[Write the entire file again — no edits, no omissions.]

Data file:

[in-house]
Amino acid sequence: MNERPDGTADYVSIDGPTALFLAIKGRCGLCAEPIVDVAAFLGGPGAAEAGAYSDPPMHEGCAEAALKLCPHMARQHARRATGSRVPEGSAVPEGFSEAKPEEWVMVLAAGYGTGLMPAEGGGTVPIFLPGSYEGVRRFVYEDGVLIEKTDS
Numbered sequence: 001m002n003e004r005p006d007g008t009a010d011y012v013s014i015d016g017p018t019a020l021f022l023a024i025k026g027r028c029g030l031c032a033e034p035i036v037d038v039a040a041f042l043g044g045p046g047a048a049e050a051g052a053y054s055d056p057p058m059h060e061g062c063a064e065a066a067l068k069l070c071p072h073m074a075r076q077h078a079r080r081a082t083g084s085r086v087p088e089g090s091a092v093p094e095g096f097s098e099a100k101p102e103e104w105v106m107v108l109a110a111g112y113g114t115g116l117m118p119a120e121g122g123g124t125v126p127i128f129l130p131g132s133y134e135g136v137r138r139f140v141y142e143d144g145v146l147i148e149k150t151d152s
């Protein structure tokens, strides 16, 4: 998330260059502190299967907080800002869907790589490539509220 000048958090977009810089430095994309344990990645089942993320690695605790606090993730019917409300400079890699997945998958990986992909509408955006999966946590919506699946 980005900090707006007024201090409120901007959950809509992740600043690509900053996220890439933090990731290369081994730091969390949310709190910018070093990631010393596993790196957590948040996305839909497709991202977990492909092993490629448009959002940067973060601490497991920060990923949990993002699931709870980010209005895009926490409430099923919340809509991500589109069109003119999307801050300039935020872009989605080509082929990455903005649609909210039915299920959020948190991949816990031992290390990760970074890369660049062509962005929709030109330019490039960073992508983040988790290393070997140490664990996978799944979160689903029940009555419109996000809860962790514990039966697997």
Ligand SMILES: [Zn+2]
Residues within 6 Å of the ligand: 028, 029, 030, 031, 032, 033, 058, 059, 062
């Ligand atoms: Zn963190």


[in-house]
Amino acid sequence: MNERPDGTADYVSIDGPTALFLAIKGRCGLCAEPIVDVAAFLGGPGAAEAGAYSDPPMHEGCAEAALKLCPHMARQHARRATGSRVPEGSAVPEGFSEAKPEEWVMVLAAGYGTGLMPAEGGGTVPIFLPGSYEGVRRFVYEDGVLIEKTDS
Numbered sequence: 001m002n003e004r005p006d007g008t009a010d011y012v013s014i015d016g017p018t019a020l021f022l023a024i025k026g027r028c029g030l031c032a033e034p035i036v037d038v039a040a041f042l043g044g045p046g047a048a049e050a051g052a053y054s055d056p057p058m059h060e061g062c063a064e065a066a067l068k069l070c071p072h073m074a075r076q077h078a079r080r081a082t083g084s085r086v087p088e089g090s091a092v093p094e095g096f097s098e099a100k101p102e103e104w105v106m107v108l109a110a111g112y113g114t115g116l117m118p119a120e121g122g123g124t125v126p127i128f129l130p131g132s133y134e135g136v137r138r139f140v141y142e143d144g145v146l147i148e149k150t151d152s
């Protein structure tokens, strides 16, 4: 998330260059502190299967907080800002869907790589490539509220 000048958090977009810089430095994309344990990645089942993320690695605790606090993730019917409300400079890699997945998958990986992909509408955006999966946590919506699946 980005900090707006007024201090409120901007959950809509992740600043690509900053996220890439933090990731290369081994730091969390949310709190910018070093990631010393596993790196957590948040996305839909497709991202977990492909092993490629448009959002940067973060601490497991920060990923949990993002699931709870980010209005895009926490409430099923919340809509991500589109069109003119999307801050300039935020872009989605080509082929990455903005649609909210039915299920959020948190991949816990031992290390990760970074890369660049062509962005929709030109330019490039960073992508983040988790290393070997140490664990996978799944979160689903029940009555419109996000809860962790514990039966697997």
Ligand SMILES: [Zn+2]
Residues within 6 Å of the ligand: 028, 029, 030, 031, 032, 033, 058, 059, 062
């Ligand atoms: Zn963190």